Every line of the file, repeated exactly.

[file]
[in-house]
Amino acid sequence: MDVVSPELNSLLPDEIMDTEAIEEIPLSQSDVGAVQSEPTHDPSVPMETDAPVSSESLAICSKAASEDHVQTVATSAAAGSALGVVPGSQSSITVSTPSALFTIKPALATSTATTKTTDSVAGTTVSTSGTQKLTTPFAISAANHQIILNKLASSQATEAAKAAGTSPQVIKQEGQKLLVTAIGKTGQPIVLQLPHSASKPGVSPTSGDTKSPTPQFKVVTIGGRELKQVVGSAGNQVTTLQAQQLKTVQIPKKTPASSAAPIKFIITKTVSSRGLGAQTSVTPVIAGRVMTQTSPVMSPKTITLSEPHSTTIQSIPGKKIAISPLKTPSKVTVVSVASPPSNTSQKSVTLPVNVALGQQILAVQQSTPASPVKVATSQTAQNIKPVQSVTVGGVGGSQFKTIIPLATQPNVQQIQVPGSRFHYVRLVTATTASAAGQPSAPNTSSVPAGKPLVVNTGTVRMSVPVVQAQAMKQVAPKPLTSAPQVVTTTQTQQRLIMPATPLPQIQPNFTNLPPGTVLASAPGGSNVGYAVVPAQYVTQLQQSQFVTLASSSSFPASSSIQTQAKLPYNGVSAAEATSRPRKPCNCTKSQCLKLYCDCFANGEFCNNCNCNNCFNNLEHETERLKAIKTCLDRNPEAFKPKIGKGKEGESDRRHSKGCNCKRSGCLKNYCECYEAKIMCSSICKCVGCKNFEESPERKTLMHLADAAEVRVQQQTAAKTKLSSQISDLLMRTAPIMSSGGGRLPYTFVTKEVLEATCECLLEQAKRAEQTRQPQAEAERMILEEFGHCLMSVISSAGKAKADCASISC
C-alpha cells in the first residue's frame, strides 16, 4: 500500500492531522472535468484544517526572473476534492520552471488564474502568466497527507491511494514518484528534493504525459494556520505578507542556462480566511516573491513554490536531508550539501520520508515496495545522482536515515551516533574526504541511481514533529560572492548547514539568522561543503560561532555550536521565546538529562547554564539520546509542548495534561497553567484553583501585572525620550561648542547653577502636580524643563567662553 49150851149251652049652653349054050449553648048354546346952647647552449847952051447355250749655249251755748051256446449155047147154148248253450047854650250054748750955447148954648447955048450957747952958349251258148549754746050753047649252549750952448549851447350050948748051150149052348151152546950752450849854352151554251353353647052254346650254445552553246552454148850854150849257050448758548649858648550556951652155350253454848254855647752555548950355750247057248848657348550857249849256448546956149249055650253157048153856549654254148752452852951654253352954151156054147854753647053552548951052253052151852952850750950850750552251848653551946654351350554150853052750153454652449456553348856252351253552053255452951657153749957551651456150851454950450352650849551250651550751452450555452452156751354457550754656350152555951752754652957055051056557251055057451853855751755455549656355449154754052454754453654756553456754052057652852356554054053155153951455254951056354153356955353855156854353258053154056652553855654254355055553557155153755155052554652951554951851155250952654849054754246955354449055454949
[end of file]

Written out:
[in-house]
Amino acid sequence: MDVVSPELNSLLPDEIMDTEAIEEIPLSQSDVGAVQSEPTHDPSVPMETDAPVSSESLAICSKAASEDHVQTVATSAAAGSALGVVPGSQSSITVSTPSALFTIKPALATSTATTKTTDSVAGTTVSTSGTQKLTTPFAISAANHQIILNKLASSQATEAAKAAGTSPQVIKQEGQKLLVTAIGKTGQPIVLQLPHSASKPGVSPTSGDTKSPTPQFKVVTIGGRELKQVVGSAGNQVTTLQAQQLKTVQIPKKTPASSAAPIKFIITKTVSSRGLGAQTSVTPVIAGRVMTQTSPVMSPKTITLSEPHSTTIQSIPGKKIAISPLKTPSKVTVVSVASPPSNTSQKSVTLPVNVALGQQILAVQQSTPASPVKVATSQTAQNIKPVQSVTVGGVGGSQFKTIIPLATQPNVQQIQVPGSRFHYVRLVTATTASAAGQPSAPNTSSVPAGKPLVVNTGTVRMSVPVVQAQAMKQVAPKPLTSAPQVVTTTQTQQRLIMPATPLPQIQPNFTNLPPGTVLASAPGGSNVGYAVVPAQYVTQLQQSQFVTLASSSSFPASSSIQTQAKLPYNGVSAAEATSRPRKPCNCTKSQCLKLYCDCFANGEFCNNCNCNNCFNNLEHETERLKAIKTCLDRNPEAFKPKIGKGKEGESDRRHSKGCNCKRSGCLKNYCECYEAKIMCSSICKCVGCKNFEESPERKTLMHLADAAEVRVQQQTAAKTKLSSQISDLLMRTAPIMSSGGGRLPYTFVTKEVLEATCECLLEQAKRAEQTRQPQAEAERMILEEFGHCLMSVISSAGKAKADCASISC
C-alpha cells in the first residue's frame, strides 16, 4: 500500500492531522472535468484544517526572473476534492520552471488564474502568466497527507491511494514518484528534493504525459494556520505578507542556462480566511516573491513554490536531508550539501520520508515496495545522482536515515551516533574526504541511481514533529560572492548547514539568522561543503560561532555550536521565546538529562547554564539520546509542548495534561497553567484553583501585572525620550561648542547653577502636580524643563567662553 49150851149251652049652653349054050449553648048354546346952647647552449847952051447355250749655249251755748051256446449155047147154148248253450047854650250054748750955447148954648447955048450957747952958349251258148549754746050753047649252549750952448549851447350050948748051150149052348151152546950752450849854352151554251353353647052254346650254445552553246552454148850854150849257050448758548649858648550556951652155350253454848254855647752555548950355750247057248848657348550857249849256448546956149249055650253157048153856549654254148752452852951654253352954151156054147854753647053552548951052253052151852952850750950850750552251848653551946654351350554150853052750153454652449456553348856252351253552053255452951657153749957551651456150851454950450352650849551250651550751452450555452452156751354457550754656350152555951752754652957055051056557251055057451853855751755455549656355449154754052454754453654756553456754052057652852356554054053155153951455254951056354153356955353855156854353258053154056652553855654254355055553557155153755155052554652951554951851155250952654849054754246955354449055454949